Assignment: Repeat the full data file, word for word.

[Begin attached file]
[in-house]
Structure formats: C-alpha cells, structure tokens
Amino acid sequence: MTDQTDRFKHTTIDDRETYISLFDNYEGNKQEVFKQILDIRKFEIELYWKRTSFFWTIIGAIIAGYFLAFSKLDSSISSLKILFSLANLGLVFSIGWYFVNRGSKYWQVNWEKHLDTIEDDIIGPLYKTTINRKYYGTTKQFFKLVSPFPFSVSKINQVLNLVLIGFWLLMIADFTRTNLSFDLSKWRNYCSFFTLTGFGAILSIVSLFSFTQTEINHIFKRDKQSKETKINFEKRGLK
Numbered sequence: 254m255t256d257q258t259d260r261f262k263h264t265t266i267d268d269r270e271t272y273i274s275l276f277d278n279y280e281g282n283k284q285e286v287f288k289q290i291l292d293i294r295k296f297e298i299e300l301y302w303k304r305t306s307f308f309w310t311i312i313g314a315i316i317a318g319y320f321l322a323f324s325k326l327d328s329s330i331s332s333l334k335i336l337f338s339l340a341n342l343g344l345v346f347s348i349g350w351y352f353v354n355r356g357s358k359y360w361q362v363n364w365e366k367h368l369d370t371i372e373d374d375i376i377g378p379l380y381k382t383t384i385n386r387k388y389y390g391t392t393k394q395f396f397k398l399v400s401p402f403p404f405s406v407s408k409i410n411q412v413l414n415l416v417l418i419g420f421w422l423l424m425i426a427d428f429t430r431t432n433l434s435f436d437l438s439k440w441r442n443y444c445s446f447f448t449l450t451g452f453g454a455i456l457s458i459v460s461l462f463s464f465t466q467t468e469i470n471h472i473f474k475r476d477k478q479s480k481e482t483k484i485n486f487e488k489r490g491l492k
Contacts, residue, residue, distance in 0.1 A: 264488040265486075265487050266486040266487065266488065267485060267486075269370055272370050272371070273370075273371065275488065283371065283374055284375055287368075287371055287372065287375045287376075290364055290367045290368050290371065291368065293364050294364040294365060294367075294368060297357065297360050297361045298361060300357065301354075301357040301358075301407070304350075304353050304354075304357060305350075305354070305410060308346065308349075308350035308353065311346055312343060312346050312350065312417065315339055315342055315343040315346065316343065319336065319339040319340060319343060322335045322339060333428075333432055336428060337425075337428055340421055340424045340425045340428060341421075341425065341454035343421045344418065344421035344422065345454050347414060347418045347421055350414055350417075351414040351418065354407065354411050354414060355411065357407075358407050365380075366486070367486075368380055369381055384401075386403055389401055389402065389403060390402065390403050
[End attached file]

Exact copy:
[in-house]
Structure formats: C-alpha cells, structure tokens
Amino acid sequence: MTDQTDRFKHTTIDDRETYISLFDNYEGNKQEVFKQILDIRKFEIELYWKRTSFFWTIIGAIIAGYFLAFSKLDSSISSLKILFSLANLGLVFSIGWYFVNRGSKYWQVNWEKHLDTIEDDIIGPLYKTTINRKYYGTTKQFFKLVSPFPFSVSKINQVLNLVLIGFWLLMIADFTRTNLSFDLSKWRNYCSFFTLTGFGAILSIVSLFSFTQTEINHIFKRDKQSKETKINFEKRGLK
Numbered sequence: 254m255t256d257q258t259d260r261f262k263h264t265t266i267d268d269r270e271t272y273i274s275l276f277d278n279y280e281g282n283k284q285e286v287f288k289q290i291l292d293i294r295k296f297e298i299e300l301y302w303k304r305t306s307f308f309w310t311i312i313g314a315i316i317a318g319y320f321l322a323f324s325k326l327d328s329s330i331s332s333l334k335i336l337f338s339l340a341n342l343g344l345v346f347s348i349g350w351y352f353v354n355r356g357s358k359y360w361q362v363n364w365e366k367h368l369d370t371i372e373d374d375i376i377g378p379l380y381k382t383t384i385n386r387k388y389y390g391t392t393k394q395f396f397k398l399v400s401p402f403p404f405s406v407s408k409i410n411q412v413l414n415l416v417l418i419g420f421w422l423l424m425i426a427d428f429t430r431t432n433l434s435f436d437l438s439k440w441r442n443y444c445s446f447f448t449l450t451g452f453g454a455i456l457s458i459v460s461l462f463s464f465t466q467t468e469i470n471h472i473f474k475r476d477k478q479s480k481e482t483k484i485n486f487e488k489r490g491l492k
Contacts, residue, residue, distance in 0.1 A: 264488040265486075265487050266486040266487065266488065267485060267486075269370055272370050272371070273370075273371065275488065283371065283374055284375055287368075287371055287372065287375045287376075290364055290367045290368050290371065291368065293364050294364040294365060294367075294368060297357065297360050297361045298361060300357065301354075301357040301358075301407070304350075304353050304354075304357060305350075305354070305410060308346065308349075308350035308353065311346055312343060312346050312350065312417065315339055315342055315343040315346065316343065319336065319339040319340060319343060322335045322339060333428075333432055336428060337425075337428055340421055340424045340425045340428060341421075341425065341454035343421045344418065344421035344422065345454050347414060347418045347421055350414055350417075351414040351418065354407065354411050354414060355411065357407075358407050365380075366486070367486075368380055369381055384401075386403055389401055389402065389403060390402065390403050